Medication Training Nutrition

Food preparations – on to the Khan Tengri

In mid-August Boris and Jur leave for their general rehearsal expedition on the Khan Tengri. The Khan Tengri is a mountain top on the border of Kazakhstan and Kyrgyzstan and on the Ğeňiš Čokusu after the highest peak of the Tiensan mountains. Khan Tengri has an altitude of 7010 meters and is therefore a serious expedition in which both will face fatigue challenges, altitude sickness, extreme weather conditions and many technical passages. In short, a good try-out for next year. To use this expedition as much as possible and to test and train the latest skills, we pay a lot of attention to making an exercise plan. In this blog I will take you along in a plan of nutritional supplements that I want to use on them.

In previous blogs you could read how we experimented with different foods below the altitude sickness threshold and the corresponding way to use them correctly.
We have been able to draw up a number of do’s & don’ts from this experimental phase that we can take with us to next year. Some examples of this are, a selection of the favorite and most useful snacks for during the climbing days, the practice of taking in liquids and nutrients at the right moments so that they have the best effect on performance, taking a closer look at the practical opportunities to take / prepare food & drink and to learn to listen and act to the signals that the body emits in response to certain foods. We will process all this data in the larger experiment of the Khan Tengri. In addition, we implement the more advanced assignments, including eating and drinking at a high altitude, preparing and taking in food /medication / supplementation to a high altitude, and monitoring the effects of these assignments.

Medication to support the expedition

For this project we work together with Irene Schrijvershof, expedition arts. She will advise medication to both men during the Khan Tengri expedition.

(In addition to this medication, we are also experimenting with dietary supplements. It is important to keep an eye on whether the medication can conflict with the medication that may be taken.)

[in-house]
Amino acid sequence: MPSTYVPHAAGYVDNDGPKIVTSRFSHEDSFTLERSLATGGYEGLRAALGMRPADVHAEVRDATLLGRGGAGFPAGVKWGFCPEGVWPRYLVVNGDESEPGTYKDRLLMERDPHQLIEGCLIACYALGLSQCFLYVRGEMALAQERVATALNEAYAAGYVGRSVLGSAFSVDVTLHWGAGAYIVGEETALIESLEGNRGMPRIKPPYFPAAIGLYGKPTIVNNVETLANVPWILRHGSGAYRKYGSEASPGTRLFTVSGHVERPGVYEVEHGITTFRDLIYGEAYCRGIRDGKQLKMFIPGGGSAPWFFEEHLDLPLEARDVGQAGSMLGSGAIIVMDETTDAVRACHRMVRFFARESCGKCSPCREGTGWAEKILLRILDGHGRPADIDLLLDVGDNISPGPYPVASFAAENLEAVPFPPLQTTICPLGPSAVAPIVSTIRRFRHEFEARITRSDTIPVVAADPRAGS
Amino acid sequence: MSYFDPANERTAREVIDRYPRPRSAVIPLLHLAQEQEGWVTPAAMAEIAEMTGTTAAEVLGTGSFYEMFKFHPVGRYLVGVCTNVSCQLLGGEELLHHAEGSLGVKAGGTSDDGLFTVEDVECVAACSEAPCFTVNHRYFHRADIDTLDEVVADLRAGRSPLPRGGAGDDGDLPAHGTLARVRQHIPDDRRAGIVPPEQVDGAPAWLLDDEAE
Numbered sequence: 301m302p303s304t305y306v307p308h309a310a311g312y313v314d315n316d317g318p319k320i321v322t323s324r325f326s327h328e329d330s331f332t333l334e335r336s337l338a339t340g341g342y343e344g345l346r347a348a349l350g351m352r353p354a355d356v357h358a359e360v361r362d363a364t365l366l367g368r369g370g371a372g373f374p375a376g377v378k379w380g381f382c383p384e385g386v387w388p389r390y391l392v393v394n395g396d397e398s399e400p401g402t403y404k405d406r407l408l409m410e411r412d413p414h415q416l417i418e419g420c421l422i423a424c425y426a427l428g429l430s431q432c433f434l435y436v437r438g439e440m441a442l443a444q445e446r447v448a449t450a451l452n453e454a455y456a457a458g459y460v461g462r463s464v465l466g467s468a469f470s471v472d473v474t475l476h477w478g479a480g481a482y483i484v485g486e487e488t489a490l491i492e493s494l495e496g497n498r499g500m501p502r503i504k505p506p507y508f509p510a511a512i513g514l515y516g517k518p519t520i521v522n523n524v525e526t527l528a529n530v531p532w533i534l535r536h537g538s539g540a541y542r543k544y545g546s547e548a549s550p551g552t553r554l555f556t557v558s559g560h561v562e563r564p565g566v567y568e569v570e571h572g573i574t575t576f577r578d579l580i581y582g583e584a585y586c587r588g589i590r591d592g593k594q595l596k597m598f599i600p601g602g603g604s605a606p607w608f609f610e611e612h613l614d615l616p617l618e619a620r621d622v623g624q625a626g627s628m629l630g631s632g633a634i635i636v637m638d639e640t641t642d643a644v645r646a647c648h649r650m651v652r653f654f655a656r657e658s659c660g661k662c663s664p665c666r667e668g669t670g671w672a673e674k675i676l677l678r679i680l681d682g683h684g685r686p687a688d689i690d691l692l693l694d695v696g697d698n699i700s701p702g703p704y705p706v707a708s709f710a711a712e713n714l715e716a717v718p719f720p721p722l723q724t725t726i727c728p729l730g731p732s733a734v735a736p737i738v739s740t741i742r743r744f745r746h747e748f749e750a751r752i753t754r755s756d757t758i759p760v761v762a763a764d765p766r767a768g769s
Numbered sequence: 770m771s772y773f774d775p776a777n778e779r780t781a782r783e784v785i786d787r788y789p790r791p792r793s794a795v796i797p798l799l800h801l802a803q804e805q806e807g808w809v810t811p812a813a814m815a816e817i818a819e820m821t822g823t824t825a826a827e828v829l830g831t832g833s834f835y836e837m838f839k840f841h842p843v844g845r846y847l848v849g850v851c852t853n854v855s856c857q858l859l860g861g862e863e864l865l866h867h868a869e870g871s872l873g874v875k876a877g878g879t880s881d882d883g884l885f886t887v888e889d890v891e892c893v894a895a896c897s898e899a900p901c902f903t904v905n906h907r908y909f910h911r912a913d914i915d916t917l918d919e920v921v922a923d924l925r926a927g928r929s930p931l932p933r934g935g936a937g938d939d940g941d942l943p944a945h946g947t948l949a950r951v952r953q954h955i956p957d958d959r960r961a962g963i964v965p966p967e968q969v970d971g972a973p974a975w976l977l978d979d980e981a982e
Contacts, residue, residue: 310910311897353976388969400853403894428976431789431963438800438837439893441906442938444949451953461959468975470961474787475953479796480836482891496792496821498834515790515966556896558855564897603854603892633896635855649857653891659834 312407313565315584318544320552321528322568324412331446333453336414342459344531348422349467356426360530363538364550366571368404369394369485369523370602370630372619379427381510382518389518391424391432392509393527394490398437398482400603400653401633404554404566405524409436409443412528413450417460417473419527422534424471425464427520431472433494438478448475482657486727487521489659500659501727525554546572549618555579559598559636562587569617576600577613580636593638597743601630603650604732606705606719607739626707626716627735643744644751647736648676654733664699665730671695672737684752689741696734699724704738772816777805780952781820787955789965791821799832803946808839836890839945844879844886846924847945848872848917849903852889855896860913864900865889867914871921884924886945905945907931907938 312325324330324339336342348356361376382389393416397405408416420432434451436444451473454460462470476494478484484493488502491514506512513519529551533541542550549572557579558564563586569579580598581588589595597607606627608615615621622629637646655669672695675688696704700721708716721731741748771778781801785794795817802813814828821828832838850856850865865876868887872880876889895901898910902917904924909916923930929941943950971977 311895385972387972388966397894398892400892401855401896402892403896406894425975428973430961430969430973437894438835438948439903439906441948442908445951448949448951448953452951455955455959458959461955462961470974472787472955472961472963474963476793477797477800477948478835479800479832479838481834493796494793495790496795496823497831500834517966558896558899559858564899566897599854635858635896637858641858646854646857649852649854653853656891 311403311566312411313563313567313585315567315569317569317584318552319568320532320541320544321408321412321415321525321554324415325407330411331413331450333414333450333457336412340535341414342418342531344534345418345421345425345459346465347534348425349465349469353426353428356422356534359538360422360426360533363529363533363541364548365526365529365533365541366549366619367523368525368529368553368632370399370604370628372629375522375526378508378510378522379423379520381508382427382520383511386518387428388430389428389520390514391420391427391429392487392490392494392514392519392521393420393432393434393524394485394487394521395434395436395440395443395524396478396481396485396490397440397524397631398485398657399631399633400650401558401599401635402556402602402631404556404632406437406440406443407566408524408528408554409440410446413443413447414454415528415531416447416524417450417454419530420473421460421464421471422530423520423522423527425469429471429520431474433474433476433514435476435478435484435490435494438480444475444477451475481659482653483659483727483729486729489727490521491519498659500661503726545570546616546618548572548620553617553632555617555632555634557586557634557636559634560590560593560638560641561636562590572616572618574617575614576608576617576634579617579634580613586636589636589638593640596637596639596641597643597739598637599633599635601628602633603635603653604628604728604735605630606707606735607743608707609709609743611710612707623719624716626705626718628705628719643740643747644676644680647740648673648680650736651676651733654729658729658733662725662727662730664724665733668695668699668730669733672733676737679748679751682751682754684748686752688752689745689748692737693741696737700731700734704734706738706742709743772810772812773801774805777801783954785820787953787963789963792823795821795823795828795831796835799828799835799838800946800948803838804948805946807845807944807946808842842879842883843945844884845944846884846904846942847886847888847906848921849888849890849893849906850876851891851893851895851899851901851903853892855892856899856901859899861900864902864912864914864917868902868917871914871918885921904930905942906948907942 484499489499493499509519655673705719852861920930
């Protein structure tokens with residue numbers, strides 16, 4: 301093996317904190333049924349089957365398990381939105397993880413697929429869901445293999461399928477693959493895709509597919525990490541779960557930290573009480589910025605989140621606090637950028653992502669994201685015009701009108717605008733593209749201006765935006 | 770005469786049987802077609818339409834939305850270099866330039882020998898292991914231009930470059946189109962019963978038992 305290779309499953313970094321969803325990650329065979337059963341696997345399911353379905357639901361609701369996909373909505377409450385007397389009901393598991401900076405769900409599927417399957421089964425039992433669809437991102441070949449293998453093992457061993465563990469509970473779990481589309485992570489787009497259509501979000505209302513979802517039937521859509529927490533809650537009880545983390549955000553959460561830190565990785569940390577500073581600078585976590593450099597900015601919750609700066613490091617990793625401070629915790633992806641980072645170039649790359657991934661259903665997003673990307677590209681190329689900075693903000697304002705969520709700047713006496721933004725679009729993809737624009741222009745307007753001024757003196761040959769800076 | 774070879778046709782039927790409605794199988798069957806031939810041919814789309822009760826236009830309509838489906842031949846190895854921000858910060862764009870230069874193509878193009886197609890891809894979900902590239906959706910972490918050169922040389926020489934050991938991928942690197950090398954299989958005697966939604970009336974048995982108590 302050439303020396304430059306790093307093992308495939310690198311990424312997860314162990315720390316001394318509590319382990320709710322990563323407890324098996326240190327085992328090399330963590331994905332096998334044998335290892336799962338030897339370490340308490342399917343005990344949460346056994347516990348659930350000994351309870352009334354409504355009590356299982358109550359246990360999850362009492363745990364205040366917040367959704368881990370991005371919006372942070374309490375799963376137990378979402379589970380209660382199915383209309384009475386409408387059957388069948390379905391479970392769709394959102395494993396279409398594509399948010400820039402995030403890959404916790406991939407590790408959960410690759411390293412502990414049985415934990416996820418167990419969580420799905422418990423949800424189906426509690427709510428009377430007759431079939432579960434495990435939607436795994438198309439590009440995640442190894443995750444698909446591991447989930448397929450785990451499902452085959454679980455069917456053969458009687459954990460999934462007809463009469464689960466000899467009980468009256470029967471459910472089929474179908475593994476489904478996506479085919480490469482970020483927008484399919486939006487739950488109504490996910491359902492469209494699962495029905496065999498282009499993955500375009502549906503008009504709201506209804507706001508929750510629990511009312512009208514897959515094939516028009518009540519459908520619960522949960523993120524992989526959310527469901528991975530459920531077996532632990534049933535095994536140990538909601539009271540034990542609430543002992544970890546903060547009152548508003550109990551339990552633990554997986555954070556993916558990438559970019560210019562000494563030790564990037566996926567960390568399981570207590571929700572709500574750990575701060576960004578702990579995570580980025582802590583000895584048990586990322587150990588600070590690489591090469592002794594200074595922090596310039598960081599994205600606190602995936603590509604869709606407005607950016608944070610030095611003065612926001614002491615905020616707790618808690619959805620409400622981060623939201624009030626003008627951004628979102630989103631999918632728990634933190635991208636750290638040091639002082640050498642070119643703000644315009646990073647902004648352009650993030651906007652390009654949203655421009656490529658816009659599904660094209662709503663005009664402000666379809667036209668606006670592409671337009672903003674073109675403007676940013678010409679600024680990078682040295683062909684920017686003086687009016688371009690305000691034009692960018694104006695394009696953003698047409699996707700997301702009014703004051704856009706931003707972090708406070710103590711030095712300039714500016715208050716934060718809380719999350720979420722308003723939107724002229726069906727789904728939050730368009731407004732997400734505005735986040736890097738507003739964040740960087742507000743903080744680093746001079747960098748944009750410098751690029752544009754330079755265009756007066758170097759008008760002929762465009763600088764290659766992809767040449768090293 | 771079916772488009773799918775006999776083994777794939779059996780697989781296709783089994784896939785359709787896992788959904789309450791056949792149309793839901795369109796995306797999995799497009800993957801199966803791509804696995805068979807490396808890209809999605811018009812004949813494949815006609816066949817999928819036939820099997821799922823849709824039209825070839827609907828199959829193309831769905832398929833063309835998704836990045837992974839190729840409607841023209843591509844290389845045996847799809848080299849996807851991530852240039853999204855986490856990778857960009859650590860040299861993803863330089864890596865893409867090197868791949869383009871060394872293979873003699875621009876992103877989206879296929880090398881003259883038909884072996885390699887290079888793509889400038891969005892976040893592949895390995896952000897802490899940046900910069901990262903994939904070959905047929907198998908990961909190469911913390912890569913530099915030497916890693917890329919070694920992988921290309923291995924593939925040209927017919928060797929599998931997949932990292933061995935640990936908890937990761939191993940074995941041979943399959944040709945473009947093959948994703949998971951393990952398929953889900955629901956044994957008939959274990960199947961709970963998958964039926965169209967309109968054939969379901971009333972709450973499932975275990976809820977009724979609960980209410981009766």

A decrease in glycogen stores in the muscles, an increased protein breakdown, a disturbed fluid and electrolyte balance and altitude sickness are the most common causes of poorer performance at altitude. The sizes in which altitude sickness occurs are variable, but it affects many climbers: on altitudes between 4000 and 5800 meters, on average 67% of people suffer from it, with a variation of 25 to 100%. In the worst case, it leads to cerebral edema and even death.

In some cases medicines are also administered to prevent altitude sickness, but these medicines can also be harmful, in particular because Boris and Jur go for 7 expeditions in 1 year, the use of medication on a recurring basis is not recommended and we will try to absorb this as much as possible with nutrition and nutritional supplements. There are a number of things to take into account:

Risk of malnutrition

Staying at height leads to a greatly increased energy requirement due to extreme cold, physical activity and lack of oxygen (hypoxia). The requirement is estimated at 4500 to 6000 kcal per day. However, at high altitudes the appetite decreases and the experience of flavors is partially suppressed. The result is a loss of body weight, especially above 4000 meters. If mountain climbers do not consume more than 2250 kcal per day, a three-week expedition can result in a weight loss of around 10 kg! The necessary measures that we take for this is to closely monitor the intake of the number of calories. For this they already practice taking a large breakfast of at least 600 – 1000 kcal.
A number of nutritional solutions for this could be:
– Coconut oil, butter and oil intake
– Intake of nuts, seeds, seeds, avocado, oatmeal, and dried fruits
– Intake of energy drinks, fruit juices, energy bars etc.
– At a height, intake of less healthy but very tasty products may be the only solution to get the number of calories per year with a limited appetite. Think cold pizza, chocolate, pudding, candy and cake.

Risk of protein deficiency